http://www.project562.com ). Students noticed that the most of the settings were outdoors and concluded that the people in the photos might especially value nature and the earth. 

Next, Chase-Chen introduced the controversy between the Dakota Access Pipeline and the water protectors by showing students news clips from PBS and other outlets.  Students made connections to the people in the photographs and videos and themselves. She asked students if they wanted to write letters, and if so, what would they want to say to the water protectors. Many students shared things like "We're proud of you," "thank you for protecting the water," and "Be tenacious!" (the school's mascot is the "tenacious tiger").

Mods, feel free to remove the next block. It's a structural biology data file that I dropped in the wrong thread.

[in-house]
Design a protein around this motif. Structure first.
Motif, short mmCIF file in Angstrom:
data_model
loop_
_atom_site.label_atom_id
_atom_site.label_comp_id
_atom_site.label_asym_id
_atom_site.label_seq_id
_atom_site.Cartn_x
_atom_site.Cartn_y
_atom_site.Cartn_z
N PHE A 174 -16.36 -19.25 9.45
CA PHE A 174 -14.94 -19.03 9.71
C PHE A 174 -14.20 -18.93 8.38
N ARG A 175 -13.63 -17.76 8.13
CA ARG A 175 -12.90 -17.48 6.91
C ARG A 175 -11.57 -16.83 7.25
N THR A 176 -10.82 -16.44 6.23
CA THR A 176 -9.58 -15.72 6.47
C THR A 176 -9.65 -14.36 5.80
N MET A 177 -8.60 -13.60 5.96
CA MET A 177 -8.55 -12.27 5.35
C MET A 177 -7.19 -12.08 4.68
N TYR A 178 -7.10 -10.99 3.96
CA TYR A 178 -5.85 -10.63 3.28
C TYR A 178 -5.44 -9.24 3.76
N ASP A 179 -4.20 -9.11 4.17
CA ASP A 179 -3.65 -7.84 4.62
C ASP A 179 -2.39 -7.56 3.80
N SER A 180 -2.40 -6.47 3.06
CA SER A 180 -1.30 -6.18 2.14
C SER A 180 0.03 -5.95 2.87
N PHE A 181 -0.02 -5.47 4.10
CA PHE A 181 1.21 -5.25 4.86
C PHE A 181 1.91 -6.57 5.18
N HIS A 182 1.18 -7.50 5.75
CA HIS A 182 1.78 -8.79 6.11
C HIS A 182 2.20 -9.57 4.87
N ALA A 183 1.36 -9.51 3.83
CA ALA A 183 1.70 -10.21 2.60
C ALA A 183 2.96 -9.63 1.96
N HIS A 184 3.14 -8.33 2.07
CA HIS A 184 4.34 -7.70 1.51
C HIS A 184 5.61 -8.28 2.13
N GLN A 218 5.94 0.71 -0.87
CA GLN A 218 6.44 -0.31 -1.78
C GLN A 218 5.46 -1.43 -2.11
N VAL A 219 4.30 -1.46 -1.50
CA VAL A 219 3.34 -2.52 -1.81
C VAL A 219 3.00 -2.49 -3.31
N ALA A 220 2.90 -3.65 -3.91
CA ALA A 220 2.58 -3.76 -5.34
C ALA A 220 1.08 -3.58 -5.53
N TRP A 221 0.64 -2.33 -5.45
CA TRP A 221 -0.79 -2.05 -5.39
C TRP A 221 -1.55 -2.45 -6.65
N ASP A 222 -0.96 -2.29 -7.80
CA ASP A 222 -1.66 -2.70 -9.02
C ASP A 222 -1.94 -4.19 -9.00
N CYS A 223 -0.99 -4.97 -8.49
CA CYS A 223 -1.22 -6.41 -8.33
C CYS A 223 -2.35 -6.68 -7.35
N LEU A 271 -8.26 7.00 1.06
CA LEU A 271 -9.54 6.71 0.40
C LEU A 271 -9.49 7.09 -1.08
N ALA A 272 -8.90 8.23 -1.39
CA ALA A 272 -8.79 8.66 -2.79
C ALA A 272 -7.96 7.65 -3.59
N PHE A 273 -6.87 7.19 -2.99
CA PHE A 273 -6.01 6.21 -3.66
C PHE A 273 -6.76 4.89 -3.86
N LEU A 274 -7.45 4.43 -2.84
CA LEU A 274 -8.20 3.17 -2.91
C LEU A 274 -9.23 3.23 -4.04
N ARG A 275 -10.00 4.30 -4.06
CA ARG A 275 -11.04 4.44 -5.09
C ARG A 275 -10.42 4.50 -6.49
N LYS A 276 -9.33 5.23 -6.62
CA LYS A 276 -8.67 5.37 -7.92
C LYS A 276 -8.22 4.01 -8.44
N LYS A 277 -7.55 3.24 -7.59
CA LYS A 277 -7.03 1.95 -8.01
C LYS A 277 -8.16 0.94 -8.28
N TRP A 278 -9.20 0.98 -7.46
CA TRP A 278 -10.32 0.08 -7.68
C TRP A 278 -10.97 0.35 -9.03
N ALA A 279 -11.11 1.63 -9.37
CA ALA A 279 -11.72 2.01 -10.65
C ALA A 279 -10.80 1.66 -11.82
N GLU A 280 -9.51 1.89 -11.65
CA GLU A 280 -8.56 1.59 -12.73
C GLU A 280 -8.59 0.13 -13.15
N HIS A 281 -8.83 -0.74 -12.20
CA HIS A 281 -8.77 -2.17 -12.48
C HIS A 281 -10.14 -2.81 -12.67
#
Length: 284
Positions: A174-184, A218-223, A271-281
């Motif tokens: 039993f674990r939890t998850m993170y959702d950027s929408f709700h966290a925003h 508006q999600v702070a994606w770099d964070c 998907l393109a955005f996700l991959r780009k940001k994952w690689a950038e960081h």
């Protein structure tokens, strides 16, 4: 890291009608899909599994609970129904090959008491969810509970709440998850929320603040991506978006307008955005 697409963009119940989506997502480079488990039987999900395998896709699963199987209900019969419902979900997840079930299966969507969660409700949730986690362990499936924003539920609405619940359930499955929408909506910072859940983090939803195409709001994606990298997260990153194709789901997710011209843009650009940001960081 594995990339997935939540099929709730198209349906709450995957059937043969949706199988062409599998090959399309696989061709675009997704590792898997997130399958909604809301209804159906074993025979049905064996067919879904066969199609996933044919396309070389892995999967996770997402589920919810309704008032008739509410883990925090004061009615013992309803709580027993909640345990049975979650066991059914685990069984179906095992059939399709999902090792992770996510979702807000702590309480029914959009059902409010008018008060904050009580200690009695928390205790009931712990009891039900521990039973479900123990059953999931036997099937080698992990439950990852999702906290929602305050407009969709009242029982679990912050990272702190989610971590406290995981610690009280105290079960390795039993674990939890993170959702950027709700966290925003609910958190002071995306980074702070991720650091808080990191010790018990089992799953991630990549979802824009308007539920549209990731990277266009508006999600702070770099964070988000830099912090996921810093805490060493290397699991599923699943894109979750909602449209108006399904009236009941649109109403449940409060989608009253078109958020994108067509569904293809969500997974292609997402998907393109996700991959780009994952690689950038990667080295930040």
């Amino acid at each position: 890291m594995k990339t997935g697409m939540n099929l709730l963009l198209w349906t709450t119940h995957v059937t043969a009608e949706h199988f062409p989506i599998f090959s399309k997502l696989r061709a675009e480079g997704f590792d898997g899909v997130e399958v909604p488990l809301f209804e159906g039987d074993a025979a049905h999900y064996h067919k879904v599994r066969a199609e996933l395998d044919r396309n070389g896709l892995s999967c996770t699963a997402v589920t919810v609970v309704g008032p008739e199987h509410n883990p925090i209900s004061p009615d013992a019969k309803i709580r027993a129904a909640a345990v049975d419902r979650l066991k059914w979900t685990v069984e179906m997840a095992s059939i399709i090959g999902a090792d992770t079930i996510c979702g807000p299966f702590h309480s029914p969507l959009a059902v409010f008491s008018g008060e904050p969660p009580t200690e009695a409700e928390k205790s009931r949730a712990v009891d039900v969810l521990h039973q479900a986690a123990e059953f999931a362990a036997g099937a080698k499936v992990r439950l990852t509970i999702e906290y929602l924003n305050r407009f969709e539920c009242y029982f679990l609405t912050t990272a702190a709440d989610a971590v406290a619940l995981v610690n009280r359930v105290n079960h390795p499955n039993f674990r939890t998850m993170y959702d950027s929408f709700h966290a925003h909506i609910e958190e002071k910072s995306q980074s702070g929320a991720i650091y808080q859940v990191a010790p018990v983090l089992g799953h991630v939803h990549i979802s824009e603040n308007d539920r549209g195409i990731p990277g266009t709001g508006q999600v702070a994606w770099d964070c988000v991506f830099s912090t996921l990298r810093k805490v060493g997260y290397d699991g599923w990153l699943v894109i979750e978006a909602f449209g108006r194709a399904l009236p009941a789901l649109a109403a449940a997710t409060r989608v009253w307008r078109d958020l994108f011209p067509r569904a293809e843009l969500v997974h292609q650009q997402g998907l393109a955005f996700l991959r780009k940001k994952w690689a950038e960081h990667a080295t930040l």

A friend of Chase-Chen's, Sarah Tran , was supporting  native-led fundraising for the
water 
protectors and planning a trip to the protest site. She carried the letters with  her and gave them to a teacher at the school at the water protectors' camp and  initiated communication between the two schools. Beacon Hill students have continued  to follow the news about the conflict.

Chase-Chen supports students in seeing contemporary examples of people standing up for what they believe in, particularly for justice. "I wanted to show students that they can have an effect as well," said Chase-Chen. "Sometimes all we need to do as teachers is observe local and national communities and invite students to make connections." Chase-Chen didn't stop to create an entirely new unit.  Often, activities like these can be done in one or two lessons that can be tied into current units and themes, such as nonfiction reading and environmental or physical science.